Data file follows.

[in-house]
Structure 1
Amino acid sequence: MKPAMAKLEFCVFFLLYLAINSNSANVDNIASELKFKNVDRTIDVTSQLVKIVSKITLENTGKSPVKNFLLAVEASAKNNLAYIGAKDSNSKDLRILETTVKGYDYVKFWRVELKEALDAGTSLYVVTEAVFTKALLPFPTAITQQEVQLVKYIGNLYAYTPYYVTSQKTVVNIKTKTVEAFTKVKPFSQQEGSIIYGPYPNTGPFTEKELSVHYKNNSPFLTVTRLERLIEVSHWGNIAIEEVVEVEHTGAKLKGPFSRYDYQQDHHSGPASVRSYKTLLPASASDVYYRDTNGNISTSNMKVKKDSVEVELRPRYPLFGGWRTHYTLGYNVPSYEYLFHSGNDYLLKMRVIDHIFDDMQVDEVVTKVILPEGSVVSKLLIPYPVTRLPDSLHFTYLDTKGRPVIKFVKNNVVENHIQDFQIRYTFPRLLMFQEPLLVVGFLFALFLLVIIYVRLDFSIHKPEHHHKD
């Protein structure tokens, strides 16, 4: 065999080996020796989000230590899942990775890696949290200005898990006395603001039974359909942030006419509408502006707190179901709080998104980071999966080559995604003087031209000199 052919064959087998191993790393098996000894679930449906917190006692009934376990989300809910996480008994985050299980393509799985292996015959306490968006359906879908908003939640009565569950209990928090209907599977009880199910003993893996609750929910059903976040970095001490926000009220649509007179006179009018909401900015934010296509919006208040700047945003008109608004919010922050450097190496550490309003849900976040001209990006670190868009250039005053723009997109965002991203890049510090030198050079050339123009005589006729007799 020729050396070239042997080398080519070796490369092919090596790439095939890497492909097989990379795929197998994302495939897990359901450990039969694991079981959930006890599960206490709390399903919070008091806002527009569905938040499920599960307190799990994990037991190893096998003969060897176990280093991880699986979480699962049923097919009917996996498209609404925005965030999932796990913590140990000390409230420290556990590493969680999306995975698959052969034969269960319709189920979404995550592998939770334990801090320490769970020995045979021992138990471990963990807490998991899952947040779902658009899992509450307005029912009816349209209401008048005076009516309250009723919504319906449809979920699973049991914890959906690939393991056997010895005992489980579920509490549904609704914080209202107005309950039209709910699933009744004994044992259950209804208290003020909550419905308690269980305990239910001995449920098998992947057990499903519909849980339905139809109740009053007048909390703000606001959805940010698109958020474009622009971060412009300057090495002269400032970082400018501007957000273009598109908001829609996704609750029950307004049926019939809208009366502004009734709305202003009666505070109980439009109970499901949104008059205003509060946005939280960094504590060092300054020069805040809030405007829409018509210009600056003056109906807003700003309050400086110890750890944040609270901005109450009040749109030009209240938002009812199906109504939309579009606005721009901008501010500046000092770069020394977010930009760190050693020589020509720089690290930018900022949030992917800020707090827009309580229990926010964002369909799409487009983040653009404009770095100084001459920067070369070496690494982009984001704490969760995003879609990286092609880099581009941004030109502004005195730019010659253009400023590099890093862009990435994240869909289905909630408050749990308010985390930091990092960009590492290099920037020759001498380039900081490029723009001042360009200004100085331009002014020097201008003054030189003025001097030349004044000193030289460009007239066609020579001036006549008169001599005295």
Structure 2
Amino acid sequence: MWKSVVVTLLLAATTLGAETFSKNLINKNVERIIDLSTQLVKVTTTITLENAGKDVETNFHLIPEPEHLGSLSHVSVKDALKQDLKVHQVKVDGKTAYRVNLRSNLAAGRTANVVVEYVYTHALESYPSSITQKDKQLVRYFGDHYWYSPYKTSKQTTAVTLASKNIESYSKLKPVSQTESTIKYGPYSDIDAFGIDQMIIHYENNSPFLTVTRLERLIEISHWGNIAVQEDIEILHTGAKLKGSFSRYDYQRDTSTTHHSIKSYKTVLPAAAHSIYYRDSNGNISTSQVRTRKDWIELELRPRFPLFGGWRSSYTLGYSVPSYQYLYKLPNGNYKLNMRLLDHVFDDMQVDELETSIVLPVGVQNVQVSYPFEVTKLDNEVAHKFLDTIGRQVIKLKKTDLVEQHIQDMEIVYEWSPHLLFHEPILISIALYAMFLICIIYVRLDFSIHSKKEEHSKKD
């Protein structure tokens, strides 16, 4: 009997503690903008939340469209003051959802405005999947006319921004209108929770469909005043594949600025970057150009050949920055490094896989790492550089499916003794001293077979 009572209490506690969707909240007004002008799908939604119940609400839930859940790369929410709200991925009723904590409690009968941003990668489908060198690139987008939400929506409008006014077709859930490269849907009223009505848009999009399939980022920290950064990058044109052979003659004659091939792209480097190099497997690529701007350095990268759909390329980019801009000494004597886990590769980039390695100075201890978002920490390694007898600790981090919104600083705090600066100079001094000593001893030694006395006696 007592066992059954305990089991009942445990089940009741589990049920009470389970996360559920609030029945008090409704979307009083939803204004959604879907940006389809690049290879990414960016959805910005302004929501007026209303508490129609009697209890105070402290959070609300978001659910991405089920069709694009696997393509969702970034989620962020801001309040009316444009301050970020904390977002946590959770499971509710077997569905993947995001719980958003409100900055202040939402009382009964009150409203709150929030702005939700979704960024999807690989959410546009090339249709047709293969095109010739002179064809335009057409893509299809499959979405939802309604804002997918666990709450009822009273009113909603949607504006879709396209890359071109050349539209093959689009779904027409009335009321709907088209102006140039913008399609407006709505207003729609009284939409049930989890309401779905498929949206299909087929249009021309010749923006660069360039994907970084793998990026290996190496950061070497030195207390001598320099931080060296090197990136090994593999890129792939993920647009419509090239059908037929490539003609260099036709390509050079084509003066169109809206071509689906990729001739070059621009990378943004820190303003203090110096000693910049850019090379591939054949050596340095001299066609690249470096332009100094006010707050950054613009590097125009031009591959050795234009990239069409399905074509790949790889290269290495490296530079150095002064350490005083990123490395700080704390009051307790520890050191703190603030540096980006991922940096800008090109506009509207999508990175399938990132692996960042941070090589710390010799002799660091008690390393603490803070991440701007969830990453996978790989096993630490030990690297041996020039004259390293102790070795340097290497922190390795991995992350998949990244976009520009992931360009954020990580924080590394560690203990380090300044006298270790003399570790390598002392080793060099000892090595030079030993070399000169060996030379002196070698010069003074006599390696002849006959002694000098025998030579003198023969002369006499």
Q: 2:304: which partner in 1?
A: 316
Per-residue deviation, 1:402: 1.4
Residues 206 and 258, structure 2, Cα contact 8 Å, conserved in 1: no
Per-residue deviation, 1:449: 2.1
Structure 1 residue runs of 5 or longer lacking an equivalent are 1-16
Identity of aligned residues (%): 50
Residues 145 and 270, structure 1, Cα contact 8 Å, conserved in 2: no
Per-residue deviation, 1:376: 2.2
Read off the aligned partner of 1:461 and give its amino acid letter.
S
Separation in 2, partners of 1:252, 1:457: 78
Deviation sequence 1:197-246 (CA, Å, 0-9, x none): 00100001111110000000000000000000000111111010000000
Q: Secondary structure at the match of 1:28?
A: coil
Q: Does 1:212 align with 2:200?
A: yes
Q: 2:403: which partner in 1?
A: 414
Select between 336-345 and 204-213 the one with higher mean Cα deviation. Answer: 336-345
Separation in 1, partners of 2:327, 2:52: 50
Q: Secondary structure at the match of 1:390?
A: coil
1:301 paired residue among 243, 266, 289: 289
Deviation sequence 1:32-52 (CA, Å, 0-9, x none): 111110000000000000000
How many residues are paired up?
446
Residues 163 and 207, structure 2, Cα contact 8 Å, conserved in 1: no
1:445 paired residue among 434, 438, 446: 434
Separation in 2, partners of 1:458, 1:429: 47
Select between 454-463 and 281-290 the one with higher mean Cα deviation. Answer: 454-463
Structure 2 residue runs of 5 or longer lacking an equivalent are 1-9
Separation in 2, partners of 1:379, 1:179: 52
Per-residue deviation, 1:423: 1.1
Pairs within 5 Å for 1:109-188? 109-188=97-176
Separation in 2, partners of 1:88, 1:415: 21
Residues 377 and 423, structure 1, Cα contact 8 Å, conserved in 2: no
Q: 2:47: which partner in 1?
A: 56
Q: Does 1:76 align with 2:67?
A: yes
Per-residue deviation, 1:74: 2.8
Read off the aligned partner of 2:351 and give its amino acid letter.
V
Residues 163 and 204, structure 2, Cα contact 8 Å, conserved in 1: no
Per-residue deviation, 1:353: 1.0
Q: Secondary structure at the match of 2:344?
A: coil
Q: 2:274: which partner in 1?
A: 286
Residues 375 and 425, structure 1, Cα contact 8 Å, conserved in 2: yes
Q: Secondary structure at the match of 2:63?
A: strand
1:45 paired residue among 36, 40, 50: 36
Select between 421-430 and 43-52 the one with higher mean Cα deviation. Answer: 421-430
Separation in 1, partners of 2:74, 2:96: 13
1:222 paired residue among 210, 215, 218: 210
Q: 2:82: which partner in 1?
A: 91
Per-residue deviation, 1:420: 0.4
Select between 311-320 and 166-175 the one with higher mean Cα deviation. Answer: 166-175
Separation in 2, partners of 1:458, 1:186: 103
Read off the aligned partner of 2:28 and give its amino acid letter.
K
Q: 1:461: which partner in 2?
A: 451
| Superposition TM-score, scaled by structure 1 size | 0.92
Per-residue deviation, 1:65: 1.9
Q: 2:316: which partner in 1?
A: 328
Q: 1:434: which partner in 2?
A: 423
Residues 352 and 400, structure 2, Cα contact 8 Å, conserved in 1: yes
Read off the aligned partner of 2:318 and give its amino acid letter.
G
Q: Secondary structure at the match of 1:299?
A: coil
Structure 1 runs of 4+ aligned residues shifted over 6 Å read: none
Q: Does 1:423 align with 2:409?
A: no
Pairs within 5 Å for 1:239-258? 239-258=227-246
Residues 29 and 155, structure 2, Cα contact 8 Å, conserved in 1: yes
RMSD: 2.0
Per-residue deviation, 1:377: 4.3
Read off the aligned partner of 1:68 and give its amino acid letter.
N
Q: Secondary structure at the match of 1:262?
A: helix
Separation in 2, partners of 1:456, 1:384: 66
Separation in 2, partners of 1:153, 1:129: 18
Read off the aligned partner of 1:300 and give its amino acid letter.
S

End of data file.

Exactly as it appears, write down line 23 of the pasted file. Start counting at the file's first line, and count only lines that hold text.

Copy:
Q: Does 1:212 align with 2:200?